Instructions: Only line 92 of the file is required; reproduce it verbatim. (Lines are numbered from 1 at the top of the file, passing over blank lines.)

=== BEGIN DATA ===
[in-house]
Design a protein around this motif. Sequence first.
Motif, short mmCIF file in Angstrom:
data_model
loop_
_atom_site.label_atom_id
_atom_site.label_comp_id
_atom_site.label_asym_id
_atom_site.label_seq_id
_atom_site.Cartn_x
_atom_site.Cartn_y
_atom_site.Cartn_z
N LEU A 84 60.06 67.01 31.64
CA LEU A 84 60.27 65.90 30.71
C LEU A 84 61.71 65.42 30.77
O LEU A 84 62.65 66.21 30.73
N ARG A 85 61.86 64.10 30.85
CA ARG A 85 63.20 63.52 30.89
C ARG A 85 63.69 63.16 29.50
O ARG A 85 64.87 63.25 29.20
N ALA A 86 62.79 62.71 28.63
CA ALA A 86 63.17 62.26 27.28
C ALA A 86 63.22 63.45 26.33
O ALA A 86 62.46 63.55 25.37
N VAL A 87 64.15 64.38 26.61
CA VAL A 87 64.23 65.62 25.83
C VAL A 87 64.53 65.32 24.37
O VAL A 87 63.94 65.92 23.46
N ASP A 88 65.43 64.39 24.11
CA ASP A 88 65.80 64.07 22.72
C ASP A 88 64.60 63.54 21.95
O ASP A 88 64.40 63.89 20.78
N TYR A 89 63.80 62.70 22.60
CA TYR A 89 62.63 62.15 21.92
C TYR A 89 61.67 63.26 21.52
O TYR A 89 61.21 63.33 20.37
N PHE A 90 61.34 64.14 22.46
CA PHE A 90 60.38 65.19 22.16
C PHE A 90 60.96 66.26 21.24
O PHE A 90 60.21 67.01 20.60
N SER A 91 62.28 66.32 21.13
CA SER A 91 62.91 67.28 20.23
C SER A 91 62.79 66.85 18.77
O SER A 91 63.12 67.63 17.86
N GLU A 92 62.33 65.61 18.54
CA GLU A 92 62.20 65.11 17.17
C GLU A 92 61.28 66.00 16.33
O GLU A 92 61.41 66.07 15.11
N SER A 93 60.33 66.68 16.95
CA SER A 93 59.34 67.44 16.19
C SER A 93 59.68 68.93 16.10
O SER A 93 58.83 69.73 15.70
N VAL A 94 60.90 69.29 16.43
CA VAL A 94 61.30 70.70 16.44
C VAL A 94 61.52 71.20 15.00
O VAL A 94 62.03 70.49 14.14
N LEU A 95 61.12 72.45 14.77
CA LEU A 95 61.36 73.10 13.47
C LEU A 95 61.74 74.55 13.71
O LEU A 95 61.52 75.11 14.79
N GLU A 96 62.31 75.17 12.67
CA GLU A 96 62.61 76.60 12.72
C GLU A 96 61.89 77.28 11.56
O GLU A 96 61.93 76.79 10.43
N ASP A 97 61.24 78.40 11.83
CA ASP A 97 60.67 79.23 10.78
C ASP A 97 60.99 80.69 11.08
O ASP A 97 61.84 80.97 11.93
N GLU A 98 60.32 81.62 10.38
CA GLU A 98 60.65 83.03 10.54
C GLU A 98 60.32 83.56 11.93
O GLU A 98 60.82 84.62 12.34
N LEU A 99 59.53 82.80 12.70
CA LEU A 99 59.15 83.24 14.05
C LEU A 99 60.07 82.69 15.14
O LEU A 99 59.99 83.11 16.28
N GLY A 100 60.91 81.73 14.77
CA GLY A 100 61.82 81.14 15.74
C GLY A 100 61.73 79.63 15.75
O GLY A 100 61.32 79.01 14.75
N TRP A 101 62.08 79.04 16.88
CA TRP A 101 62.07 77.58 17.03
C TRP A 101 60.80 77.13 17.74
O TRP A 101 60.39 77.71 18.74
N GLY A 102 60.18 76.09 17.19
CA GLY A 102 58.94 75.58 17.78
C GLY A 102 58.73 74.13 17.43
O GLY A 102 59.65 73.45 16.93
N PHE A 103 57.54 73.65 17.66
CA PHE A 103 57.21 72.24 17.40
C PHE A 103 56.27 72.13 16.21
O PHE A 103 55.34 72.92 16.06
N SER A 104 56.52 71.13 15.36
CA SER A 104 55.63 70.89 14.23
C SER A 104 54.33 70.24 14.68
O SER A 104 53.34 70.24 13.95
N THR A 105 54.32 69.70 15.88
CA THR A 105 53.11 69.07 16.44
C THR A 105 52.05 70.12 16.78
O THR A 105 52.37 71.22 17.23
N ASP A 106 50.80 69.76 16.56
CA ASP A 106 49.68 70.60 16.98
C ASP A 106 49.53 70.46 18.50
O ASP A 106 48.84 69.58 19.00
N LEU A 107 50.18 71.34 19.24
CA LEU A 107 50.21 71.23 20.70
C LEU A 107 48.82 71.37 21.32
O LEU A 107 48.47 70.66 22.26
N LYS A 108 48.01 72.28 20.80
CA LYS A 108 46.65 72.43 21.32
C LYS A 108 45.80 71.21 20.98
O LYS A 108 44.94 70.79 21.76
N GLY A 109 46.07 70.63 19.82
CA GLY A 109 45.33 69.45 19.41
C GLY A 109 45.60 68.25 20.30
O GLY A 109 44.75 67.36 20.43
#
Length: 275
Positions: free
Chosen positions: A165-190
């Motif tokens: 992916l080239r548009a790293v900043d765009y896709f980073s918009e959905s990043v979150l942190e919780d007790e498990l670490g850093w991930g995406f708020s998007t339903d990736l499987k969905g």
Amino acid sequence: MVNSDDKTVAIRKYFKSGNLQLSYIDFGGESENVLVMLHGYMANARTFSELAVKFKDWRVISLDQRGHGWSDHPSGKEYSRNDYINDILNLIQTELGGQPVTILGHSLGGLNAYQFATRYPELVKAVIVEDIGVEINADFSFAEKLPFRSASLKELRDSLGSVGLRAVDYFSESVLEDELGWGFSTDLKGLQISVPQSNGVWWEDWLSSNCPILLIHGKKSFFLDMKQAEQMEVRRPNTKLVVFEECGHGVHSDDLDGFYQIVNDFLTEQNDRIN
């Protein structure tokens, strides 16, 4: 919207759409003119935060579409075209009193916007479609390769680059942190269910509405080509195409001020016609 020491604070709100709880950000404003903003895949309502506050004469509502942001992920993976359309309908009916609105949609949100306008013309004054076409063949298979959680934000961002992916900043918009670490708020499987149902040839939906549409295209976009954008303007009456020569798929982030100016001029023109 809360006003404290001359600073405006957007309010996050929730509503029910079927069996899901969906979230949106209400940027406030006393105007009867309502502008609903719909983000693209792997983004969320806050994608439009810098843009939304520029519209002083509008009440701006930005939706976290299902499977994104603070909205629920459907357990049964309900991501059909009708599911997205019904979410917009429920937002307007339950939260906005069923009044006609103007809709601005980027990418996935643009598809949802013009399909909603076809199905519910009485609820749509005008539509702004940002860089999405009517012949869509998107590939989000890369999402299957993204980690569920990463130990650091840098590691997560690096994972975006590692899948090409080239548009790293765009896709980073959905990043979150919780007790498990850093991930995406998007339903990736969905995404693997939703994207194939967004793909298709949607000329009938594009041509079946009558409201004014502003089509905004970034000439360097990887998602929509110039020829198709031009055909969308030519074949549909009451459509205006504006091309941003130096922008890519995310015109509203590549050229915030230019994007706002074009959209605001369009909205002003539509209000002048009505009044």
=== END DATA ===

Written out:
O PHE A 103 55.34 72.92 16.06